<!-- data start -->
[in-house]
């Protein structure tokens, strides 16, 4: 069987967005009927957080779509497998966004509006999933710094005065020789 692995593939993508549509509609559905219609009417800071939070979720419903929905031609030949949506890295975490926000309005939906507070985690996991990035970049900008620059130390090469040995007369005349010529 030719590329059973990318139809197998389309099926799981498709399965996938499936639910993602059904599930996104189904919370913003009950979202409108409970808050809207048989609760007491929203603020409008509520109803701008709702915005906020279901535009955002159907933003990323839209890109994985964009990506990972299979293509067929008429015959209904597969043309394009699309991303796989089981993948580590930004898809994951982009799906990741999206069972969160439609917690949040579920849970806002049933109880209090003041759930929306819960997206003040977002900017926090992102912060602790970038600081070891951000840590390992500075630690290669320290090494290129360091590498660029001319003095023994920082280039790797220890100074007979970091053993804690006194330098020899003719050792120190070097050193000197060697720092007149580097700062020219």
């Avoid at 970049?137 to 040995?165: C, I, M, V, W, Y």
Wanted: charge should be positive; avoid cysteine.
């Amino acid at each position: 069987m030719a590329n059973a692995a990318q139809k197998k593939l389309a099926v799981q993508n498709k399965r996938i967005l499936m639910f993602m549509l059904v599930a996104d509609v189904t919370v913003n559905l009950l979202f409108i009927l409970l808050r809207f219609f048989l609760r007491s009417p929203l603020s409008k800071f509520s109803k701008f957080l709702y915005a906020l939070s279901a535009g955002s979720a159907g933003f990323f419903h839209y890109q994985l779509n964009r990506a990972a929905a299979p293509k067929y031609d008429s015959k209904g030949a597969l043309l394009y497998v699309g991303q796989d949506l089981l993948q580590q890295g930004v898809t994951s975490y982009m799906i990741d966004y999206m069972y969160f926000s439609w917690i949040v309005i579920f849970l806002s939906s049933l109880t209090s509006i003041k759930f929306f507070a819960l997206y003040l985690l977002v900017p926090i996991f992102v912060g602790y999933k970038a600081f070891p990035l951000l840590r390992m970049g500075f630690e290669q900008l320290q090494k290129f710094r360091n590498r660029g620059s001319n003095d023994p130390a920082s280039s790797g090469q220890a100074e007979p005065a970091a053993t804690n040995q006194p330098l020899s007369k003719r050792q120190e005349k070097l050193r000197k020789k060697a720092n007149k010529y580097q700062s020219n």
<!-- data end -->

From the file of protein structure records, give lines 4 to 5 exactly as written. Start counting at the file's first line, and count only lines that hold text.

Wanted: charge should be positive; avoid cysteine.
């Amino acid at each position: 069987m030719a590329n059973a692995a990318q139809k197998k593939l389309a099926v799981q993508n498709k399965r996938i967005l499936m639910f993602m549509l059904v599930a996104d509609v189904t919370v913003n559905l009950l979202f409108i009927l409970l808050r809207f219609f048989l609760r007491s009417p929203l603020s409008k800071f509520s109803k701008f957080l709702y915005a906020l939070s279901a535009g955002s979720a159907g933003f990323f419903h839209y890109q994985l779509n964009r990506a990972a929905a299979p293509k067929y031609d008429s015959k209904g030949a597969l043309l394009y497998v699309g991303q796989d949506l089981l993948q580590q890295g930004v898809t994951s975490y982009m799906i990741d966004y999206m069972y969160f926000s439609w917690i949040v309005i579920f849970l806002s939906s049933l109880t209090s509006i003041k759930f929306f507070a819960l997206y003040l985690l977002v900017p926090i996991f992102v912060g602790y999933k970038a600081f070891p990035l951000l840590r390992m970049g500075f630690e290669q900008l320290q090494k290129f710094r360091n590498r660029g620059s001319n003095d023994p130390a920082s280039s790797g090469q220890a100074e007979p005065a970091a053993t804690n040995q006194p330098l020899s007369k003719r050792q120190e005349k070097l050193r000197k020789k060697a720092n007149k010529y580097q700062s020219n």